The first is ensuring collaboration equity. This means that regardless of where you are participating from, you should have the same access to be represented in the conversation, have your voice heard and access information. We want to preserve this as we move into more hybrid work environments. The second connectedness aspect relates to social connections. We are finding from the data that the power of social connections, the informal connections between colleagues, has been important. Those who agree that they have a high degree of social connections have been able to go through the pandemic with much better well-being. We’ve also seen that it is a precursor to innovation too.
As you mentioned, I moved to a new role in our Google Workspace organization, the home of our communication, productivity and collaboration tools like Gmail, Drive and Google Meet. From a product perspective, we have been drawing on insights from our own experience at Google as well as that of our customers to evolve our products to improve productivity, well-being and connectedness.
There’s an interplay I see between being close to the people analytics world, seeing all the data about what Googlers value, and now being close to the product organization and seeing how this is all built into the technology. I see how technology is not a compilation of cool features that we cook up in a vacuum but incorporates deep science and human behavior into the fabric of building our products.
P+S: Are there new roles that don’t exist today that should be in the future to make sure people and organizational data is managed, cared for and protected?
Setty: There is so much data available today. I think it’s important to have a robust set of guidelines and policies around what is good, ethical use of data. It’s also important to set expectations and be clear with employees about what data is being used. Regulations around the globe govern the use and detail employee rights when it comes to data, so there is a role for data compliance, a data stewardship role that is very important.
When I think about people analytics, it is less about the data and more about the science. For example, if you introduce a concept like psychological safety that entered the vocabulary at Google after we researched teams—that has huge impact. There’s this power in introducing well-established scientific concepts and equipping every people manager, leader and HR person with that view of scientific knowledge. The analogy for me is this: If we asked the best software engineers, “What is the best research that you have seen about algorithms?,” they may not all recite the same science or the same papers, but they would have an opinion about it. But I don’t think we would get the same answer if we ask an HR person, “What is the best social sciences research you apply in your work?” We are much more of a best practice discipline. I would love for us to have roles in the HR departments that help inculcate more of the social sciences—of which there is so much good research that gets done in academia—and translate that in a way where every HR person feels as equipped. So they are not just trading off opinions with their business leaders and others, but instead speaking from a strong foundation of “this is what the science says.”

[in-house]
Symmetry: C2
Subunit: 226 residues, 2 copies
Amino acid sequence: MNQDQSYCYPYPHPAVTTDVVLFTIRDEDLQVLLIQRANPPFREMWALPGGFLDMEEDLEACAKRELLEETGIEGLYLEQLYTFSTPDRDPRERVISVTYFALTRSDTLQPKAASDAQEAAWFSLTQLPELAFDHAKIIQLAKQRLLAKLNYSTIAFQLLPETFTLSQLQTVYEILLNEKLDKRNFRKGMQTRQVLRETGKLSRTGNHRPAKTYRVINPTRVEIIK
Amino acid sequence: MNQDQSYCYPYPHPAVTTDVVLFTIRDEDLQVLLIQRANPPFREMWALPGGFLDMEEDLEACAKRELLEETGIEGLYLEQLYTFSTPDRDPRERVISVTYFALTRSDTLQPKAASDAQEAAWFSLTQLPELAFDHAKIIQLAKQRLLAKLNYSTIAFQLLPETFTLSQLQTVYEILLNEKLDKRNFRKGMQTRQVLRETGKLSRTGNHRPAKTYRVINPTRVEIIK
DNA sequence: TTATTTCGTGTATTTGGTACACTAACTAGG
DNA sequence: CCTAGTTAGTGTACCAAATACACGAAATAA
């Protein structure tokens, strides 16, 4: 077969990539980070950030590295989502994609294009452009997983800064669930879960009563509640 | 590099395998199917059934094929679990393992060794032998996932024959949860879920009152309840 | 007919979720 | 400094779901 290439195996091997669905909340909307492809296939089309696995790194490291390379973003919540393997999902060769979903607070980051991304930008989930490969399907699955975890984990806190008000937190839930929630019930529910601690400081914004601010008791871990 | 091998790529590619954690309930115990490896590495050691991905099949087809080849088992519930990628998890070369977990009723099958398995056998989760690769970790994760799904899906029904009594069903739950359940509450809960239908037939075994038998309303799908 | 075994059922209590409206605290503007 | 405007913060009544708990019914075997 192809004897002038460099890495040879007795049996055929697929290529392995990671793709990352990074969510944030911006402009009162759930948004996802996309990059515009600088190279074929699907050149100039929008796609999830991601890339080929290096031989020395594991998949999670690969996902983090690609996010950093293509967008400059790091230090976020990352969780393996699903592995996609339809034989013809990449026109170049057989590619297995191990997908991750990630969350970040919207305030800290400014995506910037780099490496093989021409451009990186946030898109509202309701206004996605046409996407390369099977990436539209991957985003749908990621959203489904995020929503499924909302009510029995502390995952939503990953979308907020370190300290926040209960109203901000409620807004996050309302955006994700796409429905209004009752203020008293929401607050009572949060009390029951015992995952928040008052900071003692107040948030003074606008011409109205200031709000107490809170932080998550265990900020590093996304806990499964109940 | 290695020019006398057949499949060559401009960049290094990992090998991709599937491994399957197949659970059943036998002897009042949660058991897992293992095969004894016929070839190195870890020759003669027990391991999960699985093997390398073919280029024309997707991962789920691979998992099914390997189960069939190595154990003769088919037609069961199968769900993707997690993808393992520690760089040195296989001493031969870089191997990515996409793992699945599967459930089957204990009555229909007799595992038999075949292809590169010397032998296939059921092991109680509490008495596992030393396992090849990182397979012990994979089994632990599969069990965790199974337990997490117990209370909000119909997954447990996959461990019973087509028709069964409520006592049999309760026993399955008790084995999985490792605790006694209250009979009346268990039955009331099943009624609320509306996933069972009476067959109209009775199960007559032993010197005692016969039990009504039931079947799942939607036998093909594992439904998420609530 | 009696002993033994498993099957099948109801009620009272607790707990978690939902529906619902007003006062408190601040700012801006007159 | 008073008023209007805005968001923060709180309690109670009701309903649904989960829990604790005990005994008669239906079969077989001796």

P+S: You have clearly learned as you have both pioneered and navigated through this space. What parting advice would you offer to HR leaders as they begin or continue on their data journey?
Setty: Knowing that different leaders will be at different points on the journey, my first piece of advice is that people analytics should be elevated to the same level on the HR leadership team as compensation or learning. In the absence of that kind of leadership presence, all these skills and capabilities will likely not be used at the level it should be because they don’t have the context to work on the right problems.
The second piece of advice I would offer is that often, especially for companies at the beginning of this journey, there is a temptation to say, “Go, explore. Mine all of this data and come up with something I don’t know. Generate new insights.” This is the mental model some start from. A better way to approach this would be to say, “This is the tough business problem or people problem we are trying to solve. How would we apply analytics to either solidify what we are thinking or to have a better viewpoint perhaps because we are seeing something else?” That’s how the analytics teams would focus on the right things, build credibility and have some skin in the game.